By Bernie on 11 Jun 2012
Nikki Cox, of TV's Las Vegas
Photo Credit: Rupert Holmes Website
In my article 13 Things that tick me off in the Movies I complained about screen writers that do everything right in regard to plot, characters, and scenery but ruin the verisimilitude by inserting absurdities into the script.
For example, I must have seen dozens of movies where someone lights a match under a fire sprinkler which sets off all the sprinklers. This is nonsense. Only the sprinkler directly above a flame actually shoots out any water. I have seen a film where smoke and not heat actually sets off the entire sprinkler system. Then there's the really idiotic TV episode where simply pulling a fire alarm sets off all the sprinklers.
These absurdities always grate on my nerves. How stupid do they think we are?
Don't get me wrong - I can accept warp speed in Star Trek or instantaneous communication over millions of miles. It wouldn't be fun waiting light years for an interstellar conversation to finish. Nonetheless, certain mistakes are just plain stupid.
I missed it when it was first aired but lately I started watching reruns of the TV series Las Vegas on TNT. However this evening a number of silly things disrupted my enjoyment of the show.
In Episode 3 of Season 5 "The Glass Is Always Cleaner" a lawyer announces to one of the characters that a 1905 Morgan Silver Dollar was left to her in a will. OK, I let that slide, there were no Morgan silver dollars minted in 1905. Then the lawyer announced that it was worth at least $120,000. Now I'm starting to get annoyed. Let's assume for the moment that the US mint actually produced a few thousand 1905 Morgans. Since none have ever surfaced all these years a genuine 1905 would be worth millions, if not tens of millions of dollars.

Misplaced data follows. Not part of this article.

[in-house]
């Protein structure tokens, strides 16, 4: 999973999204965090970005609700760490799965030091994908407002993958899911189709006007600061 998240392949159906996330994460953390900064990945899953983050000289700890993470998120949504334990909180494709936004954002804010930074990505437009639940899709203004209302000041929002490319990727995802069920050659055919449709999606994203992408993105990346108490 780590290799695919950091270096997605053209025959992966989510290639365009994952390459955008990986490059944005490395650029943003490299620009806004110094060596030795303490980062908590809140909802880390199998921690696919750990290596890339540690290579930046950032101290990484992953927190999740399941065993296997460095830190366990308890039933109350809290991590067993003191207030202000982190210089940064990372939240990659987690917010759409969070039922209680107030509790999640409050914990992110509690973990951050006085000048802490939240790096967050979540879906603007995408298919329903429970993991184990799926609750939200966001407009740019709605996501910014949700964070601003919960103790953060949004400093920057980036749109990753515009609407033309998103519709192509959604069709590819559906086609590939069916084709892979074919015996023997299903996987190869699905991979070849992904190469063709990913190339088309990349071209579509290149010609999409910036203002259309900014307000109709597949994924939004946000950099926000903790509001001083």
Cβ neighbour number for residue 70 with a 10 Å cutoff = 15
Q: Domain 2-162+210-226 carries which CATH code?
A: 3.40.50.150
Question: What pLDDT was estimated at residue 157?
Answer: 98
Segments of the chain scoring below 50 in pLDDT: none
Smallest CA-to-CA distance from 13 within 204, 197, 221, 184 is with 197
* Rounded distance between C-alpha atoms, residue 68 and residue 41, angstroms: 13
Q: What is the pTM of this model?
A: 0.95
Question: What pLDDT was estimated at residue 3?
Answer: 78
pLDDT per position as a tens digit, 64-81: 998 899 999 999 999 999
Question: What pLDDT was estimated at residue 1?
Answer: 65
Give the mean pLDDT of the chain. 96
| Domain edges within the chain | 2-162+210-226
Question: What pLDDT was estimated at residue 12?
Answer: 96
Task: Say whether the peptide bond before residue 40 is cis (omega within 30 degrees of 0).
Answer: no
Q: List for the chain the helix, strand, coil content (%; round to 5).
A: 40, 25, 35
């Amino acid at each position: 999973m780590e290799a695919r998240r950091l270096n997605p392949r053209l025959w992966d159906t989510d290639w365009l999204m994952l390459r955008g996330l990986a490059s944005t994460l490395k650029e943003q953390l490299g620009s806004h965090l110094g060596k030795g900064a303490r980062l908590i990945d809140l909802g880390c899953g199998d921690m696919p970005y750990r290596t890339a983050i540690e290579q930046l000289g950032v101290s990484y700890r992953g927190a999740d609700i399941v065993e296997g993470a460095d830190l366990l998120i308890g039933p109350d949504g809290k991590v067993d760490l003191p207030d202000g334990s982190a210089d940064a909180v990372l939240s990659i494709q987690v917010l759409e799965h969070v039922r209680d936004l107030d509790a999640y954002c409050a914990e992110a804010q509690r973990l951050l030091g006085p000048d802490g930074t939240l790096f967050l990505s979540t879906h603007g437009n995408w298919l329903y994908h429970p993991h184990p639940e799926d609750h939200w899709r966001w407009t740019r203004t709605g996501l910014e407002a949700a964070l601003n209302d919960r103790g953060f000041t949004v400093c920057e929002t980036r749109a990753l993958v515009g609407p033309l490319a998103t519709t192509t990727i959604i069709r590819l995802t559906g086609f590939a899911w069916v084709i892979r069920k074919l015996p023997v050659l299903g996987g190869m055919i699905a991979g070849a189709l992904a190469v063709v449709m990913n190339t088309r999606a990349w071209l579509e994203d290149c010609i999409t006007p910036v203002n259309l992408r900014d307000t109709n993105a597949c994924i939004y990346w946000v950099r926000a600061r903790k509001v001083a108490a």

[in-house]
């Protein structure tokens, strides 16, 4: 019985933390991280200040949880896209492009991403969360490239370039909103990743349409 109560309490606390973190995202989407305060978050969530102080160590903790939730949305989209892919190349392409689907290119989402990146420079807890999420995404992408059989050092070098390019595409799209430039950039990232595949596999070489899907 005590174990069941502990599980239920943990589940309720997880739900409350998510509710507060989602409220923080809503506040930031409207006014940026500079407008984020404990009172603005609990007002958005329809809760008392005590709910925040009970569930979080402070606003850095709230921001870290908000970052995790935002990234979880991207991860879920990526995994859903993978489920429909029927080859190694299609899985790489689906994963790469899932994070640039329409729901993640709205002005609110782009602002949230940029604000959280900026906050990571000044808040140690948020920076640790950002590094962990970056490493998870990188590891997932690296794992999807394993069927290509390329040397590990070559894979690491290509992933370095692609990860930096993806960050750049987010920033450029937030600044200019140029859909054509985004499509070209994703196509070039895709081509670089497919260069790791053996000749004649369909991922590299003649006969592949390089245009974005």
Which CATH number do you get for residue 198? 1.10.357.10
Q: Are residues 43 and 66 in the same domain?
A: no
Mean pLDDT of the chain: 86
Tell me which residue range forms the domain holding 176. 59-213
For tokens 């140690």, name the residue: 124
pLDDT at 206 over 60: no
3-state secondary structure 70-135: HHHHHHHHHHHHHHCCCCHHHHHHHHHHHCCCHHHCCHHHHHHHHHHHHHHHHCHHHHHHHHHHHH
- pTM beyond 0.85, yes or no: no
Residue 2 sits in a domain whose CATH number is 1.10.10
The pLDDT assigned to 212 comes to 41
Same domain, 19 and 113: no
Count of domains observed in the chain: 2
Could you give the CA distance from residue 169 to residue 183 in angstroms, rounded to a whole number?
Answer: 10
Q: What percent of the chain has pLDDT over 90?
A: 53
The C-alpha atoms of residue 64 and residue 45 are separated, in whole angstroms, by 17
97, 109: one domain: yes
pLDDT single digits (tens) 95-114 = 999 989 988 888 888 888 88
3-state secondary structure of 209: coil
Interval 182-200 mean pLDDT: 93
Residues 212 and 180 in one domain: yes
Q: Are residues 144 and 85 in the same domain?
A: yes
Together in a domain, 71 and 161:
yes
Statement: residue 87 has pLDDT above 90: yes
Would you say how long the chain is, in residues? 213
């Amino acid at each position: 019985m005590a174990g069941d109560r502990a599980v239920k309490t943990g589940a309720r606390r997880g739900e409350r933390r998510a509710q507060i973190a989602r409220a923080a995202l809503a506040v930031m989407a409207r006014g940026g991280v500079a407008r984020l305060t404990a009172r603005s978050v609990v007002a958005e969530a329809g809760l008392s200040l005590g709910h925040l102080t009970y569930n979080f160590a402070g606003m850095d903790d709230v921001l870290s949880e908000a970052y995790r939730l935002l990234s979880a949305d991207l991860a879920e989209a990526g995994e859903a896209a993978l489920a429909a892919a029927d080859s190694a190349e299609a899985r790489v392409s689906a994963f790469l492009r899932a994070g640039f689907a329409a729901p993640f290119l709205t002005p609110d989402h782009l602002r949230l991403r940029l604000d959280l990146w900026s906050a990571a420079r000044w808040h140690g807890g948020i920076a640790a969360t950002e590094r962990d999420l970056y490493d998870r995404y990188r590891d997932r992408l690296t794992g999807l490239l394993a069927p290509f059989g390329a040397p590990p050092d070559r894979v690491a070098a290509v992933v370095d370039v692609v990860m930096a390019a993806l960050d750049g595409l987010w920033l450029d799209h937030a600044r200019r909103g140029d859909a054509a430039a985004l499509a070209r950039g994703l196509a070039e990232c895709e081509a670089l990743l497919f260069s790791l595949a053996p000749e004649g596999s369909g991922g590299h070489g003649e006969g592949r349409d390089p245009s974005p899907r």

[Update: In a subsequent episode I heard them mention 1895 so I went back and re-viewed this episode - it seems I misheard - it was actually an 1895 Morgan which I should have realized when the lawyer said that 12,000 were minted. That will teach me to watch TV while my grandchild is playing with his toys.]
After a while I calmed down. But not for long. This time the fault may not be with the script writer but rather the special audio effects team.
In the episode the lawyer, after pretending the Morgan silver dollar was stolen, drops it on the casino floor as he's checking out. The sound it makes when it hits the floor is completely wrong. It's the dull, lifeless sound of tin thwacking the floor; certainly not the vibrant, resonance of silver.
Silver when it hits the ground makes a warm, loving, lingering sound not unlike flicking a finger against fine crystal. It rings the air. I don't understand - I would think that any decent sound effects library would contain the sound of a silver coin dropping as opposed to one made out of some base metal.
No professionalism anymore. Very sad.
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